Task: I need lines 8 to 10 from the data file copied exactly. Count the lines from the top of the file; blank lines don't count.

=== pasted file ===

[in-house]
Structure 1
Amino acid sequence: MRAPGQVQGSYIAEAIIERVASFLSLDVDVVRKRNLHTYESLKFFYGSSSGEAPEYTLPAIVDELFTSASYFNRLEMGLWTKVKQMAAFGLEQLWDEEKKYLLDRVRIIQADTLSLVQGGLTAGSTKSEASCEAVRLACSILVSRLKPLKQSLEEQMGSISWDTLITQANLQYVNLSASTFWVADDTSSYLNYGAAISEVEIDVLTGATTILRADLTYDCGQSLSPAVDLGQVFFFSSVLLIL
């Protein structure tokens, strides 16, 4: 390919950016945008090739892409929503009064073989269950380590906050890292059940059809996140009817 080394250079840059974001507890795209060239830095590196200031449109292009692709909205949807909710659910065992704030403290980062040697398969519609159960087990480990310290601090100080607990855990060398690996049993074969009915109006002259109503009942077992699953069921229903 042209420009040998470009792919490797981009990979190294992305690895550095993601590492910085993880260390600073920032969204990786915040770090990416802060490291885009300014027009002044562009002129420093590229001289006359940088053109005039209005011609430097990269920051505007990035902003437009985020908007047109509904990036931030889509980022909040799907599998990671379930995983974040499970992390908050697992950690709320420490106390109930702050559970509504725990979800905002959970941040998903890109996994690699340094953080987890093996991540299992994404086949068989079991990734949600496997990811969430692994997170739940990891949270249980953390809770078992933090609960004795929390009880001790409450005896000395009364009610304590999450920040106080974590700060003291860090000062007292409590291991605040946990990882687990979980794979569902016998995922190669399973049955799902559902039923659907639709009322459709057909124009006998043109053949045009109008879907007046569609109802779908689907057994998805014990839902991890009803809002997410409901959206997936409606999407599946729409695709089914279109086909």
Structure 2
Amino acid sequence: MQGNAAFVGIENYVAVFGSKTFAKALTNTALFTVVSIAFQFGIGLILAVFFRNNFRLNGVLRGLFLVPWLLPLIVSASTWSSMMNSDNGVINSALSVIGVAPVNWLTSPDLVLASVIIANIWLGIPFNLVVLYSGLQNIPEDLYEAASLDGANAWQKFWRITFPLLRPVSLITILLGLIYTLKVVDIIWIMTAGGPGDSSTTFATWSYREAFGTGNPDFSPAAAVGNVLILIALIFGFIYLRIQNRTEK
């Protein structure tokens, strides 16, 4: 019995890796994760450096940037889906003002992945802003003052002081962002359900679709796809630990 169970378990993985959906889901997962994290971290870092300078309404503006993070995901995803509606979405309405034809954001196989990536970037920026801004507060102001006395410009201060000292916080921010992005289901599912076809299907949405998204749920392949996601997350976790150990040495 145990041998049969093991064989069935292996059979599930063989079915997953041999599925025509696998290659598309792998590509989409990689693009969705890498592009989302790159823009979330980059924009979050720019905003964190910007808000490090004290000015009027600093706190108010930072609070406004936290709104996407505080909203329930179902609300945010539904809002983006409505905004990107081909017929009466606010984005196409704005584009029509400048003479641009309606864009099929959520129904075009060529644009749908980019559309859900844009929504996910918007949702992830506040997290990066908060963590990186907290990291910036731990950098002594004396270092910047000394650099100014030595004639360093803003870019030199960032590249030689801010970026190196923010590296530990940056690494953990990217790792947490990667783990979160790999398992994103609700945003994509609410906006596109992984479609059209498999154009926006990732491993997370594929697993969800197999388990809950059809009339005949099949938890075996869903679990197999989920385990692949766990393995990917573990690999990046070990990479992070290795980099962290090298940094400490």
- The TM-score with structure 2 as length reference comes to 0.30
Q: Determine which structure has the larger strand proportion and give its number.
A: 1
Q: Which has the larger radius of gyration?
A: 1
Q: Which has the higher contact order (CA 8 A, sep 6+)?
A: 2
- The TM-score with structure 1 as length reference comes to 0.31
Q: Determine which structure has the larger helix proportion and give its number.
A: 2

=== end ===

- The TM-score with structure 2 as length reference comes to 0.30
Q: Determine which structure has the larger strand proportion and give its number.
A: 1